For a sprint to be effective it is important to work together to determine a goal for the sprint. Having a clear goal early will help to create a shared understanding and ensure that people will be attending the sprint with shared expectations. Developing goals for the sprint is something that require considerable attention and detail and this process can be informed by design thinking. You may wish to consider hosting a design session before the sprint to work together to develop common goals.
Checklist: Develop a Goal
Decide of the Duration of the Sprint
Determine a length for the sprint. Often open resource sprints are between 2 and 5 days but this really depends on the resource that you need to create. A good rule of thumb is to plan for 6 hour days, although this can be longer.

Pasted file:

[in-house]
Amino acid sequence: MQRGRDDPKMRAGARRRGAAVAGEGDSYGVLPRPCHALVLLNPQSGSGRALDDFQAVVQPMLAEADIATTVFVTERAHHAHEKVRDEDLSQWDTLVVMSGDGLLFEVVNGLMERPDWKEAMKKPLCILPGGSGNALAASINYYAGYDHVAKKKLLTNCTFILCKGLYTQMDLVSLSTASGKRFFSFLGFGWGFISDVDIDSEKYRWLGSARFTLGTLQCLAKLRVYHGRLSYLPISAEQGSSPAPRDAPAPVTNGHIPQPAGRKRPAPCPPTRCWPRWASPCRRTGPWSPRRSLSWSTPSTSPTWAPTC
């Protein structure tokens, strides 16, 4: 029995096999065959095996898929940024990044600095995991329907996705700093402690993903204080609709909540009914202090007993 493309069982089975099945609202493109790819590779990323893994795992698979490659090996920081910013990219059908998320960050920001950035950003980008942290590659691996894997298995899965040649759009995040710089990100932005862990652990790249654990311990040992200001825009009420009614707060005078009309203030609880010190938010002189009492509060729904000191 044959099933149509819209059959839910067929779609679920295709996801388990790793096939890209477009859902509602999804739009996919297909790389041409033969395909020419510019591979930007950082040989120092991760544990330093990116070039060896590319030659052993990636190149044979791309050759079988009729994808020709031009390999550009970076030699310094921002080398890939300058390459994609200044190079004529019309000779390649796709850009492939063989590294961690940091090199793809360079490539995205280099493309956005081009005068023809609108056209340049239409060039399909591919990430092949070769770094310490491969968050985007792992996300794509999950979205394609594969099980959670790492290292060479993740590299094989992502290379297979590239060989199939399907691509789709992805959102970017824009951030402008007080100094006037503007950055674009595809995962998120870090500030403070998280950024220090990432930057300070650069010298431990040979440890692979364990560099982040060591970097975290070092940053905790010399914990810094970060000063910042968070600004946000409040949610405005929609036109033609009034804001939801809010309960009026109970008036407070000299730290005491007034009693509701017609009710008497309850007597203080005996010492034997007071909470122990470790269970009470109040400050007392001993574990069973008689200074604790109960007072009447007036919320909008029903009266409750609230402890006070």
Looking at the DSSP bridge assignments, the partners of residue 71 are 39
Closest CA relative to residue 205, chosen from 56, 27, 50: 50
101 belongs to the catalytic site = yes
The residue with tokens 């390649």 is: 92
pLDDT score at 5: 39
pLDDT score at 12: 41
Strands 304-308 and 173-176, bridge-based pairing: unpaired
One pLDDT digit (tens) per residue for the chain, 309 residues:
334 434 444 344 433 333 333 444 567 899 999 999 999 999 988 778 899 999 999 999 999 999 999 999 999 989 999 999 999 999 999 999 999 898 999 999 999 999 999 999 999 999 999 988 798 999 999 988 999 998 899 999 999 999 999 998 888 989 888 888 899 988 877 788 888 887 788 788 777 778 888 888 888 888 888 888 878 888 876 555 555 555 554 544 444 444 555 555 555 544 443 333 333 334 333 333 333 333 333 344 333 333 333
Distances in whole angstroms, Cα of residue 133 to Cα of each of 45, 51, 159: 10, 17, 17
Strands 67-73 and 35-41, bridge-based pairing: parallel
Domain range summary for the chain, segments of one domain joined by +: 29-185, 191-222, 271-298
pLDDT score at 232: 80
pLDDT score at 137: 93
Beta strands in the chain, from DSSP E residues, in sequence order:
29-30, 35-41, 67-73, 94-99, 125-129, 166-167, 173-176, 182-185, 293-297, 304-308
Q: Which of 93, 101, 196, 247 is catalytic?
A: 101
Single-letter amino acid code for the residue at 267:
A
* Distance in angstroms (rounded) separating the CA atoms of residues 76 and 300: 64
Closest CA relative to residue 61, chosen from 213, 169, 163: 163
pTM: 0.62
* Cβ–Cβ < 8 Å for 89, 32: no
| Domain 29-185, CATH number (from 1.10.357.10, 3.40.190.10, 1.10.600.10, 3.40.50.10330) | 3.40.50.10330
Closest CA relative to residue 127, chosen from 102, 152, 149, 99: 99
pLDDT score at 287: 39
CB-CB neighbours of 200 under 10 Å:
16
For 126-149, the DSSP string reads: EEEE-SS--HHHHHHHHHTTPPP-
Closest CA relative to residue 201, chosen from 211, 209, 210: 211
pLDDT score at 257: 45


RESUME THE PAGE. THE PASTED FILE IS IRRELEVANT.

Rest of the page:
Roles in a sprint vary depending on the context as do the number of participants. In “How to Solve Big Problems and Test New Ideas in Just Five Days” the authors suggest that the ideal number of sprint participants is six, in order to come to decisions about content relatively quickly.
To run a sprint effectively requires a team that includes:
 Knapp, J., Zeratsky, J., & Kowitz, B. (2016). Sprint: How to solve big problems and test new ideas in just five days. Simon & Schuster.